Breeding Bird Atlas 2 Species Accounts
- Nearly ubiquitous and stable
- Action/monitoring needed
Seen regularly in city parks, on suburban lawns, and in forest clearings, American Robins may be the most familiar bird in North America. Even the most jaded city dweller can identify the robin and appreciate the beauty of its cheerful caroling. The return of robins to their breeding grounds is synonymous with the beginning of spring in the minds of many, although many American Robins now spend the winter in Massachusetts. Our largest thrush is also unquestionably our most successful, breeding from the Berkshires to Nantucket and everywhere in between. We do note a drop in this species’ abundance, however, making this yet another whispering decliner.
Historic Status“If every robin should produce five young each year,” warned Edward Howe Forbush, “and each robin should live fifteen years, in time every square foot of land on this continent would be packed with robins,” (Forbush 1907). While Massachusetts has never reached that level of American Robin saturation, the bird has been ever present in the records. Abundant in summer, they have long been known to overwinter in the state in varying numbers, a trend that is increasing (Mass Audubon 2011). Winter counts of robins have climbed consistently in recent years, possibly due in part to warmer winters.
Atlas 1 DistributionAs befits a species that is arguably the most widely recognized bird in the nation, the American Robin was nearly ubiquitous in Massachusetts during Atlas 1. Throughout western Massachusetts, breeding robins were found in every single block, except for one in the Taconic Mountains. The dense forests and open water of the Quabbin area, at the interface of the Worcester and Lower Worcester Plateaus, marked a clear gap in robin distribution. Additional scattered blocks where no robins were found in the Lower Worcester Plateau and the Coastal Plains may have been genuine misses or a result of poor coverage in Atlas 1. In the rest of the state, robins were absent only in those areas of the Boston Basin and Cape and Islands that consisted of treeless isles where robins could not nest.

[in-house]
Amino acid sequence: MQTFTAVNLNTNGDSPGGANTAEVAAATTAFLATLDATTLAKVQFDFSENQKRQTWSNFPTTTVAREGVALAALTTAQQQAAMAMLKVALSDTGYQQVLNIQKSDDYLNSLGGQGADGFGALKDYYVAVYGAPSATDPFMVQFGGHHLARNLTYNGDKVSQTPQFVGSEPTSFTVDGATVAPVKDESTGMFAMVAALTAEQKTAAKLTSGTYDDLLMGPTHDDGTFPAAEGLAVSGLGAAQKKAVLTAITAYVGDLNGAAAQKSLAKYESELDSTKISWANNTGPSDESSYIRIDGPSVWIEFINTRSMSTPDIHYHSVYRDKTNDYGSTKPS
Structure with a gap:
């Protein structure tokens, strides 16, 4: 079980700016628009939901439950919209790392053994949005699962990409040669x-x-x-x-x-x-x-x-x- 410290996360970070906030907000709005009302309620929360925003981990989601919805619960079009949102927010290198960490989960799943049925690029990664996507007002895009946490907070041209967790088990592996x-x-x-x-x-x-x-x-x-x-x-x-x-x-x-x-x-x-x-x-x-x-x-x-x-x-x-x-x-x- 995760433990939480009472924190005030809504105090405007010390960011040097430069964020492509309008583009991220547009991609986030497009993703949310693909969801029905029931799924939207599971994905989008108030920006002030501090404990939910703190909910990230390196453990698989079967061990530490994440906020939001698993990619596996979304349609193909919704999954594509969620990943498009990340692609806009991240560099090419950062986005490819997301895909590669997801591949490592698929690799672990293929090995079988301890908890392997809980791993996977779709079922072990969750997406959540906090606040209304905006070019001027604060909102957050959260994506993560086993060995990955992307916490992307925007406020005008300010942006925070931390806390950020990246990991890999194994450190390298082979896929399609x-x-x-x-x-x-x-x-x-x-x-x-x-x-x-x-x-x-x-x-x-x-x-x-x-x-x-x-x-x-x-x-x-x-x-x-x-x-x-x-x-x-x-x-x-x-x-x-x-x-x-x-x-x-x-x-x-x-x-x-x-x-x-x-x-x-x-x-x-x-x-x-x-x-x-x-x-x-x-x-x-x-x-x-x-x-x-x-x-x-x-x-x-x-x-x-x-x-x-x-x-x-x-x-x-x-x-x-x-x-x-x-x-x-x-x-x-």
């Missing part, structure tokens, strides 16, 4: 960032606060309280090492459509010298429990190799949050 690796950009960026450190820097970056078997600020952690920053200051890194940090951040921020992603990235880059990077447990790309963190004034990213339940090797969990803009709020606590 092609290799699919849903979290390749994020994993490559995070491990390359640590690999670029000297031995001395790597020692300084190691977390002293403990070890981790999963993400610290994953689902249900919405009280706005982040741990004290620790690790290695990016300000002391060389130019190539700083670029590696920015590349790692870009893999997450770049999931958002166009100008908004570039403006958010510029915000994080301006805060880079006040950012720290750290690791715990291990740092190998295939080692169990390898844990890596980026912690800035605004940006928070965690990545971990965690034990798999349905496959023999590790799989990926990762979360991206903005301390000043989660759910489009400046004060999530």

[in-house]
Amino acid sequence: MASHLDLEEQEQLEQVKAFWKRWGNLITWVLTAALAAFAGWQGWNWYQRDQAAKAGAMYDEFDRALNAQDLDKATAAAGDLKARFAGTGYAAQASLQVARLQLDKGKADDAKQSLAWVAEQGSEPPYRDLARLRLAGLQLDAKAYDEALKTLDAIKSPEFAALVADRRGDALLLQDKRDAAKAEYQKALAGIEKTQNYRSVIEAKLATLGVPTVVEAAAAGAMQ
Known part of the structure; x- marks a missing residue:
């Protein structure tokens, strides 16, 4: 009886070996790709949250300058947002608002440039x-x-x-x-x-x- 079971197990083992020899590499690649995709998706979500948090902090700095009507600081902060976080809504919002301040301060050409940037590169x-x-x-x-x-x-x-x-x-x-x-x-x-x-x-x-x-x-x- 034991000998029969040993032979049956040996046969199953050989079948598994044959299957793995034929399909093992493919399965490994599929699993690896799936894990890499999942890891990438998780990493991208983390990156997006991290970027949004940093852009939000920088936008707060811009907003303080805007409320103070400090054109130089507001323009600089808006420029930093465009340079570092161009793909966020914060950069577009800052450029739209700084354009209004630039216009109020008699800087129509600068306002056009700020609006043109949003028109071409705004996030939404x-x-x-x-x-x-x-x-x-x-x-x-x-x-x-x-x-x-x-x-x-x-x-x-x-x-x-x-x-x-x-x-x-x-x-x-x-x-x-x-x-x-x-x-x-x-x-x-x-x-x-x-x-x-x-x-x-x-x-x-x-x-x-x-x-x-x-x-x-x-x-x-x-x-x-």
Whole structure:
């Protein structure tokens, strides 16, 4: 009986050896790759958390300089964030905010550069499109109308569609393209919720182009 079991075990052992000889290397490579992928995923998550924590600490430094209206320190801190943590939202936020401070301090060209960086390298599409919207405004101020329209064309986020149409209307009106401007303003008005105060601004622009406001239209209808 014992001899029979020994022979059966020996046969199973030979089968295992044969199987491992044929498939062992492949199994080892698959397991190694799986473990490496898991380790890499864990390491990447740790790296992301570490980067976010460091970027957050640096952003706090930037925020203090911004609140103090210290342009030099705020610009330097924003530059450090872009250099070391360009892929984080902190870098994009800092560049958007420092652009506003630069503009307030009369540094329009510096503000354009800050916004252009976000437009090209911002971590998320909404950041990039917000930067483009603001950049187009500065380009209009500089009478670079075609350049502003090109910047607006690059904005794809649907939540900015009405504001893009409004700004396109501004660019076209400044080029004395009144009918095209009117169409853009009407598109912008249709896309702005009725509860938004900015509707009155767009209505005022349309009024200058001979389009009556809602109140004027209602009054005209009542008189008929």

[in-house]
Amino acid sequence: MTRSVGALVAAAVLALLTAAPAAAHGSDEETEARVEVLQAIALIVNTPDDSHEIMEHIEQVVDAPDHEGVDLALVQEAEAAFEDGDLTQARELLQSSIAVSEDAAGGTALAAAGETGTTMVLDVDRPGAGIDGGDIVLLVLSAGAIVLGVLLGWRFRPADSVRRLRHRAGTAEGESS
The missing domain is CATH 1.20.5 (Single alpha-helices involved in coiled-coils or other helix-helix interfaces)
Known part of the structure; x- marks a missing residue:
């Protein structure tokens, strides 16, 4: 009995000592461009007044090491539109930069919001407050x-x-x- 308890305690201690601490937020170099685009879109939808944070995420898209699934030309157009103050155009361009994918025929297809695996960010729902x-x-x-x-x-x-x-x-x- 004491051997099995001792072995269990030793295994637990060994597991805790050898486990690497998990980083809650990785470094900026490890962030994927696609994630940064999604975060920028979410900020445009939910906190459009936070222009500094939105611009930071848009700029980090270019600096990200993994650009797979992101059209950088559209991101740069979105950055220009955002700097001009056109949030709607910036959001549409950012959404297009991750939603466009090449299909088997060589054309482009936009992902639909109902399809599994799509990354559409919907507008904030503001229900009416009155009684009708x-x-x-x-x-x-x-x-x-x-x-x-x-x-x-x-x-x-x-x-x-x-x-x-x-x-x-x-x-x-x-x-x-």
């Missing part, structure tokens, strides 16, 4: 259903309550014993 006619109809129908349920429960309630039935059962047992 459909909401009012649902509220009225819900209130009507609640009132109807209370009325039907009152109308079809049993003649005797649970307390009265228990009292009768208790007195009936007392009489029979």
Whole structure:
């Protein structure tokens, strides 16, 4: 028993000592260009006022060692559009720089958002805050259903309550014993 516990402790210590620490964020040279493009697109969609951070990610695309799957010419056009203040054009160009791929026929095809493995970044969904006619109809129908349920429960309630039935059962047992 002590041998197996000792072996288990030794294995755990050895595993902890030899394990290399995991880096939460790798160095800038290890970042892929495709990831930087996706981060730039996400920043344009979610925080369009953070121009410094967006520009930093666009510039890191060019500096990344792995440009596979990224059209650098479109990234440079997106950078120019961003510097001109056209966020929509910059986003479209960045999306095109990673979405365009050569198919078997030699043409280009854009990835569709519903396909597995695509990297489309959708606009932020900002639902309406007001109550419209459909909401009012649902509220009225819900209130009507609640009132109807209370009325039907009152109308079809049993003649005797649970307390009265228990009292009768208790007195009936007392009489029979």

Atlas 2 Distribution and ChangeRobins persist as one of our most widespread breeding birds, with the notable statistic that, when using the effort-controlled data, there is only one block in the state where they were found in Atlas 1 and missed in Atlas 2. They are easy to identify, easy to detect, and often one of the first birds to be Confirmed as a breeder on a day in the field.
Atlas 1 Map
Atlas 2 Map
Atlas Change Map
|Atlas 1||Atlas 2||Change|
|Ecoregion||# Blocks||% Blocks||% of Range||# Blocks||% Blocks||% of Range||Change in # Blocks||Change in % Blocks|
|Marble Valleys/Housatonic Valley||39||100.0||4.2||39||100.0||3.9||0||0.0|
|Lower Berkshire Hills||28||100.0||3.0||30||96.8||3.0||0||0.0|
|Connecticut River Valley||56||100.0||6.0||65||100.0||6.4||0||0.0|
|Lower Worcester Plateau||67||90.5||7.2||80||100.0||7.9||2||3.7|
|S. New England Coastal Plains and Hills||265||98.1||28.5||280||98.9||27.7||2||0.9|
|Bristol and Narragansett Lowlands||105||99.1||11.3||113||99.1||11.2||0||0.0|
|Cape Cod and Islands||116||85.3||12.5||127||88.2||12.5||5||4.2|